I've just finished reviewing Gregory Clark's A Farewell to Alms for The Freeman. (Coming soon, as I know you can't wait to read it.) One thing Clark does, in common with Jared Diamond and other "big picture" historians, is to disparage "narrative" historians for their focus on particulars and individuals, instead of, say, total national GDP growth, or sweeping technological changes.
Now, the "broad sweep" approach to explaining history is fine, as far as it goes. The mistake these fellows make is that they think it can somehow be a replacement for the detailed picture. It's as if, every day, when one of them comes home from the office and the wife asks, "What did you do today honey?" he answers, "Well, I metabolized fats, proteins, and carbohydrates, and used the resulting energy to generate neuro-muscular activity." Not doubting that he did do that, nevertheless she insists that really wasn't the answer she was after. When she does, he berates her for focusing on the specific details of life, instead of seeing the big picture.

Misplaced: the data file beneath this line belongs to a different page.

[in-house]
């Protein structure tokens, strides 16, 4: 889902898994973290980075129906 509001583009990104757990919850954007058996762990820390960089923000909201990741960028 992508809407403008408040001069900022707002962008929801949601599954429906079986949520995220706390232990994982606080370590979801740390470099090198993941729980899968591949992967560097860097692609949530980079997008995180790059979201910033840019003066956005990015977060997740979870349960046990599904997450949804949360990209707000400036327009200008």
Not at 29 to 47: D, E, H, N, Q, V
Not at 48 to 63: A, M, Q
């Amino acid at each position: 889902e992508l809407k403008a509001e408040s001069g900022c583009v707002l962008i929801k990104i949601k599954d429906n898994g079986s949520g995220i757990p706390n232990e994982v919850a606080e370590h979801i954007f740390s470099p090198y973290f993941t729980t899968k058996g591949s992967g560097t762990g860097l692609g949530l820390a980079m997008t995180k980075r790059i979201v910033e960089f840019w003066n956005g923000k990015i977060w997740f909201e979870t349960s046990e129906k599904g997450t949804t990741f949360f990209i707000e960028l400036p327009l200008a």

There is a place for both types of answer. It all depends on what the question was.